On the second day, Hebert, a patient, astute guide, drove us on washboarded logging roads to fish the Allagash River. One of the few designated Wild and Scenic Rivers, a federal act that is 50 years old this year, it’s a rapid watercourse with riffles and runs. I pulled out scores of native brook trout as I flipped my fly line into the current. We returned to the camp to troll Munsungan for salmon, which we did successfully.

    Sikorsky is an environmentalist. He learned that nearby Big Reed Pond had a dwindling population of Blueback trout, actually a landlocked arctic char, flaming orange in color, that were left behind by the receding ice shield that once covered Maine. Smelt were introduced into the pond by a bait fisherman, and took hold, choking out the Bluebacks. Sikorsky harvested 12 fish, flew them to a private hatchery, and arranged to have the pond sterilized with rotenone, a pesticide dropped from, ironically, two Sikorsky Blackhawks contracted from the National Guard. After confirming sterilization, he reintroduced the Bluebacks, which worked. The pond had been restored.

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    Back at camp that evening, we pontificated about four days in the time warp that is Bradford Camps. It’s simply a special place, one where you go back in time and live life without electronic devices (they’re banned in the central lodge), complications, and the details of life in the urban jungle. We sipped scotch, chilled from ice Sikorsky cuts in the winter and stores under sawdust all summer, and played cribbage under the glow of a propane lamp. A warm fire crackled in the fieldstone fireplace. The staff wiped off the tables, then joined us for a nightcap.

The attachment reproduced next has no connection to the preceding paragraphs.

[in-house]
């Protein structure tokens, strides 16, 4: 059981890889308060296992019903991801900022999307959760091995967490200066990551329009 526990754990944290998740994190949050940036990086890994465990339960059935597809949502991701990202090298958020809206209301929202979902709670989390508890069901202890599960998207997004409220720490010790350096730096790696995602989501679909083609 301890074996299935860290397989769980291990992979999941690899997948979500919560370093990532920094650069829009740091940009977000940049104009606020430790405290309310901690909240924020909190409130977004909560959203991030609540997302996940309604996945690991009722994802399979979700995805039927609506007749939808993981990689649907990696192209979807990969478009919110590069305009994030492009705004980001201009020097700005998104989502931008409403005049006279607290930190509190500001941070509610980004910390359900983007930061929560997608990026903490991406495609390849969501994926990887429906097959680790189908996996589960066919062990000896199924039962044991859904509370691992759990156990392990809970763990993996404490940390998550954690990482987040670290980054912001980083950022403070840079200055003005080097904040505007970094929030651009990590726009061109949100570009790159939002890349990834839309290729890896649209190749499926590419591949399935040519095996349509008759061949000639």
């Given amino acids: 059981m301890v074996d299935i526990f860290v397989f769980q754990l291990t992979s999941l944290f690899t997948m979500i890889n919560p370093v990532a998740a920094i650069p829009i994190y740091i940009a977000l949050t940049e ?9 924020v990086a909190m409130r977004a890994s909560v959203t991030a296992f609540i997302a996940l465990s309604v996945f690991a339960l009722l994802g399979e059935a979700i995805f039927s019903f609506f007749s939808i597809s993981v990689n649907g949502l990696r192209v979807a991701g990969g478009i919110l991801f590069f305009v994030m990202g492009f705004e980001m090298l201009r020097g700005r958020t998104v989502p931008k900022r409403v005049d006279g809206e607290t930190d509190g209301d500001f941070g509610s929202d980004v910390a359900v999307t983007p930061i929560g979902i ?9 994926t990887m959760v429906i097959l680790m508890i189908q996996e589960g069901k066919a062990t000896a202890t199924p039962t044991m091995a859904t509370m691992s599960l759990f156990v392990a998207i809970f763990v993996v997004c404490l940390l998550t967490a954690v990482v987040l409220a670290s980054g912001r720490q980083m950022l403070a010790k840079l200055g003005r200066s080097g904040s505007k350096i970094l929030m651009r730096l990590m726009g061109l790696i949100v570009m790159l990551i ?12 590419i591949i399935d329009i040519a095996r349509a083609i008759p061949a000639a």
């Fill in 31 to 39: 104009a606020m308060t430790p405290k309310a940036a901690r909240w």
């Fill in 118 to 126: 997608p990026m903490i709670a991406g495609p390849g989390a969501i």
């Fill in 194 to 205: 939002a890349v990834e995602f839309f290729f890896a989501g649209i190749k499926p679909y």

In the morning, I arose early. Thick mist hovered over Munsungan. Freighter-style canoes with outboard motors drifted adjacent to the dock. A floatplane hovered in the mist, waiting for another day of hard work under the skillful yoke of Igor Sikorsky. As I fired my camera’s shutter I saw Sikorsky walk down to the plane. A few minutes later the engine purred, preparing to whisk us back to the complicated thing that is life. As we peeled away from the lake the verdant carpet of Maine’s Great North Woods stretched out before us. Moose waded in the streams we passed, lakes stretched our eyes as we glided over 750,000 acres of protected land. I pictured my father and I returning, when he is 98, and finding the wilderness untouched and unfettered, just like it’s been for hundreds of years.

    If you go . . .

    Lodging and food are all included. $199 per person, per night. Guides are $300 a day. Daily fly outs and the flight into and out of camp vary, from $120 per person. A family week exists as well, $3,365 a week for four people. www.bradfordcamps.com. 207-746-7777.

    Brian Irwin can be reached at irwin08.bi@gmail.com.